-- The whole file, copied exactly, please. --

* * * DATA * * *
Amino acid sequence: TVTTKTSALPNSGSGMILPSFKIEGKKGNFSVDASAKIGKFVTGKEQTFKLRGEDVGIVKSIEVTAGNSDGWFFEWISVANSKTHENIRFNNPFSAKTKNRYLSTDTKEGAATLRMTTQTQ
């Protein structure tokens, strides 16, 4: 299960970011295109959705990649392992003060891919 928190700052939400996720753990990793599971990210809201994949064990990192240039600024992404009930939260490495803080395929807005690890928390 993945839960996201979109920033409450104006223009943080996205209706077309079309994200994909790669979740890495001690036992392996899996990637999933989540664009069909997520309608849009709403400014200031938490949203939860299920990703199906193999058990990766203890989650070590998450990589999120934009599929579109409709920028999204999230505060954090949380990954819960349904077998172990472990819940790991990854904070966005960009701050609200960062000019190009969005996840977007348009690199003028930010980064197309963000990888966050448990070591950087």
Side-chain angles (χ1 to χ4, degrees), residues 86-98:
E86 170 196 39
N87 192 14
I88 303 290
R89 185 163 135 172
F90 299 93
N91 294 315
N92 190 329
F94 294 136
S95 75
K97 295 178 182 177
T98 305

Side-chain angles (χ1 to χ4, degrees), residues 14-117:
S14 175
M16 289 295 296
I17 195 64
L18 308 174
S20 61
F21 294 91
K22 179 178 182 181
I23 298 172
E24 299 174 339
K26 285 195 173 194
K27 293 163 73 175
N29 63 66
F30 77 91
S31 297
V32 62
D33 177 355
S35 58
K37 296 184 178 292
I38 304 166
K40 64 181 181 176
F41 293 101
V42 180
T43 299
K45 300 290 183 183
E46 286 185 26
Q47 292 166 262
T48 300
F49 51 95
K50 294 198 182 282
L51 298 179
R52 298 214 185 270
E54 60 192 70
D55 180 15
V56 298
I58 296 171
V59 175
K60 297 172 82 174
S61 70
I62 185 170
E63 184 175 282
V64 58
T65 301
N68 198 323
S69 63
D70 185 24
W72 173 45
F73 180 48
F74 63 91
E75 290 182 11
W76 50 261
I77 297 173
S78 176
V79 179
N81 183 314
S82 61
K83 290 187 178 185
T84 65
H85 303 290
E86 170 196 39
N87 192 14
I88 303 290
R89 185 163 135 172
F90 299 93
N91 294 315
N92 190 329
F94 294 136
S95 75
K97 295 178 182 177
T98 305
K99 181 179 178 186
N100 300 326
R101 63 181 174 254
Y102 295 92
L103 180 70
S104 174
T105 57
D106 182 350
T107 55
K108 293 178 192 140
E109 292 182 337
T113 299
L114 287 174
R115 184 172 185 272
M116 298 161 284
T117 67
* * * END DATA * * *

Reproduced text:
Amino acid sequence: TVTTKTSALPNSGSGMILPSFKIEGKKGNFSVDASAKIGKFVTGKEQTFKLRGEDVGIVKSIEVTAGNSDGWFFEWISVANSKTHENIRFNNPFSAKTKNRYLSTDTKEGAATLRMTTQTQ
């Protein structure tokens, strides 16, 4: 299960970011295109959705990649392992003060891919 928190700052939400996720753990990793599971990210809201994949064990990192240039600024992404009930939260490495803080395929807005690890928390 993945839960996201979109920033409450104006223009943080996205209706077309079309994200994909790669979740890495001690036992392996899996990637999933989540664009069909997520309608849009709403400014200031938490949203939860299920990703199906193999058990990766203890989650070590998450990589999120934009599929579109409709920028999204999230505060954090949380990954819960349904077998172990472990819940790991990854904070966005960009701050609200960062000019190009969005996840977007348009690199003028930010980064197309963000990888966050448990070591950087």
Side-chain angles (χ1 to χ4, degrees), residues 86-98:
E86 170 196 39
N87 192 14
I88 303 290
R89 185 163 135 172
F90 299 93
N91 294 315
N92 190 329
F94 294 136
S95 75
K97 295 178 182 177
T98 305

Side-chain angles (χ1 to χ4, degrees), residues 14-117:
S14 175
M16 289 295 296
I17 195 64
L18 308 174
S20 61
F21 294 91
K22 179 178 182 181
I23 298 172
E24 299 174 339
K26 285 195 173 194
K27 293 163 73 175
N29 63 66
F30 77 91
S31 297
V32 62
D33 177 355
S35 58
K37 296 184 178 292
I38 304 166
K40 64 181 181 176
F41 293 101
V42 180
T43 299
K45 300 290 183 183
E46 286 185 26
Q47 292 166 262
T48 300
F49 51 95
K50 294 198 182 282
L51 298 179
R52 298 214 185 270
E54 60 192 70
D55 180 15
V56 298
I58 296 171
V59 175
K60 297 172 82 174
S61 70
I62 185 170
E63 184 175 282
V64 58
T65 301
N68 198 323
S69 63
D70 185 24
W72 173 45
F73 180 48
F74 63 91
E75 290 182 11
W76 50 261
I77 297 173
S78 176
V79 179
N81 183 314
S82 61
K83 290 187 178 185
T84 65
H85 303 290
E86 170 196 39
N87 192 14
I88 303 290
R89 185 163 135 172
F90 299 93
N91 294 315
N92 190 329
F94 294 136
S95 75
K97 295 178 182 177
T98 305
K99 181 179 178 186
N100 300 326
R101 63 181 174 254
Y102 295 92
L103 180 70
S104 174
T105 57
D106 182 350
T107 55
K108 293 178 192 140
E109 292 182 337
T113 299
L114 287 174
R115 184 172 185 272
M116 298 161 284
T117 67